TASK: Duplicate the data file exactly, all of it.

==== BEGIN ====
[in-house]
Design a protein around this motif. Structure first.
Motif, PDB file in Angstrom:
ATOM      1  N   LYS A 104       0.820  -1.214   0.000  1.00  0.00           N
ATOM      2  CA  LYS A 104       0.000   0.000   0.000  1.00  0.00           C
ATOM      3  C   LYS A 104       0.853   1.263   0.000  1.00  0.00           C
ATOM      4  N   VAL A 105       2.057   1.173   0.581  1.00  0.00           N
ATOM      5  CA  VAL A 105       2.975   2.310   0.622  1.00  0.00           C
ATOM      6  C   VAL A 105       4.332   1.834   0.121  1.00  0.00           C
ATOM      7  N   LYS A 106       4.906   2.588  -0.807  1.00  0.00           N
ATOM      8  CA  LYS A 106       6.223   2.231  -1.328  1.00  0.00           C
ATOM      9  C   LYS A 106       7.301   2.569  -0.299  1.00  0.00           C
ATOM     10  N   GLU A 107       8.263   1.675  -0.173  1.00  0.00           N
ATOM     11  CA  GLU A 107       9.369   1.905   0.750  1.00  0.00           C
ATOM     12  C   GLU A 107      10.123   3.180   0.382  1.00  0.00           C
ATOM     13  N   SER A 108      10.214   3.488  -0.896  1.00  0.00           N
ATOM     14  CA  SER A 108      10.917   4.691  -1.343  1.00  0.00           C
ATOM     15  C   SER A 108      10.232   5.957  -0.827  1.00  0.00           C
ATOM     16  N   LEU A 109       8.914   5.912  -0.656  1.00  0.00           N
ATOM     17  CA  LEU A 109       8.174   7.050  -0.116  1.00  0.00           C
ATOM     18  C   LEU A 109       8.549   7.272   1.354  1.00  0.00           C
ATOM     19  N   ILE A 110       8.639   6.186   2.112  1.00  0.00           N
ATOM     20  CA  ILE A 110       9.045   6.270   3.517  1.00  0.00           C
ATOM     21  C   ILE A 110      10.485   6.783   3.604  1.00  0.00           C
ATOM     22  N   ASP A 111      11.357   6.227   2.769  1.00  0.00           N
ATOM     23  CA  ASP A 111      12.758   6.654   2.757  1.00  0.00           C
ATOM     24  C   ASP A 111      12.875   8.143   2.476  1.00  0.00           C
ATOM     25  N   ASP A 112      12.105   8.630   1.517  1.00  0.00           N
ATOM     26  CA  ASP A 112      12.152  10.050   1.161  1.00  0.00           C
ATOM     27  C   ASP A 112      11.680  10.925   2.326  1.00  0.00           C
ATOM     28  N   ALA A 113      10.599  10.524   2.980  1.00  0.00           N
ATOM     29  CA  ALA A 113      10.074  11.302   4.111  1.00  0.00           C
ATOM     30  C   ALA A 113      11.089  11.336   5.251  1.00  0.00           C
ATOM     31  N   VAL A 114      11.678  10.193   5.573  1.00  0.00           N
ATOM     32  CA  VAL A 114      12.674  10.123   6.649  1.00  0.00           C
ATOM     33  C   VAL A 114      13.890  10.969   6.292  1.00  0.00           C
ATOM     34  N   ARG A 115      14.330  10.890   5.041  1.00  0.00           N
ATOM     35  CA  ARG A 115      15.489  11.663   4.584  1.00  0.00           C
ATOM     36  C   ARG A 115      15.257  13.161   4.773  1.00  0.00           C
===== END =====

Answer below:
[in-house]
Design a protein around this motif. Structure first.
Motif, PDB file in Angstrom:
ATOM      1  N   LYS A 104       0.820  -1.214   0.000  1.00  0.00           N
ATOM      2  CA  LYS A 104       0.000   0.000   0.000  1.00  0.00           C
ATOM      3  C   LYS A 104       0.853   1.263   0.000  1.00  0.00           C
ATOM      4  N   VAL A 105       2.057   1.173   0.581  1.00  0.00           N
ATOM      5  CA  VAL A 105       2.975   2.310   0.622  1.00  0.00           C
ATOM      6  C   VAL A 105       4.332   1.834   0.121  1.00  0.00           C
ATOM      7  N   LYS A 106       4.906   2.588  -0.807  1.00  0.00           N
ATOM      8  CA  LYS A 106       6.223   2.231  -1.328  1.00  0.00           C
ATOM      9  C   LYS A 106       7.301   2.569  -0.299  1.00  0.00           C
ATOM     10  N   GLU A 107       8.263   1.675  -0.173  1.00  0.00           N
ATOM     11  CA  GLU A 107       9.369   1.905   0.750  1.00  0.00           C
ATOM     12  C   GLU A 107      10.123   3.180   0.382  1.00  0.00           C
ATOM     13  N   SER A 108      10.214   3.488  -0.896  1.00  0.00           N
ATOM     14  CA  SER A 108      10.917   4.691  -1.343  1.00  0.00           C
ATOM     15  C   SER A 108      10.232   5.957  -0.827  1.00  0.00           C
ATOM     16  N   LEU A 109       8.914   5.912  -0.656  1.00  0.00           N
ATOM     17  CA  LEU A 109       8.174   7.050  -0.116  1.00  0.00           C
ATOM     18  C   LEU A 109       8.549   7.272   1.354  1.00  0.00           C
ATOM     19  N   ILE A 110       8.639   6.186   2.112  1.00  0.00           N
ATOM     20  CA  ILE A 110       9.045   6.270   3.517  1.00  0.00           C
ATOM     21  C   ILE A 110      10.485   6.783   3.604  1.00  0.00           C
ATOM     22  N   ASP A 111      11.357   6.227   2.769  1.00  0.00           N
ATOM     23  CA  ASP A 111      12.758   6.654   2.757  1.00  0.00           C
ATOM     24  C   ASP A 111      12.875   8.143   2.476  1.00  0.00           C
ATOM     25  N   ASP A 112      12.105   8.630   1.517  1.00  0.00           N
ATOM     26  CA  ASP A 112      12.152  10.050   1.161  1.00  0.00           C
ATOM     27  C   ASP A 112      11.680  10.925   2.326  1.00  0.00           C
ATOM     28  N   ALA A 113      10.599  10.524   2.980  1.00  0.00           N
ATOM     29  CA  ALA A 113      10.074  11.302   4.111  1.00  0.00           C
ATOM     30  C   ALA A 113      11.089  11.336   5.251  1.00  0.00           C
ATOM     31  N   VAL A 114      11.678  10.193   5.573  1.00  0.00           N
ATOM     32  CA  VAL A 114      12.674  10.123   6.649  1.00  0.00           C
ATOM     33  C   VAL A 114      13.890  10.969   6.292  1.00  0.00           C
ATOM     34  N   ARG A 115      14.330  10.890   5.041  1.00  0.00           N
ATOM     35  CA  ARG A 115      15.489  11.663   4.584  1.00  0.00           C
ATOM     36  C   ARG A 115      15.257  13.161   4.773  1.00  0.00           C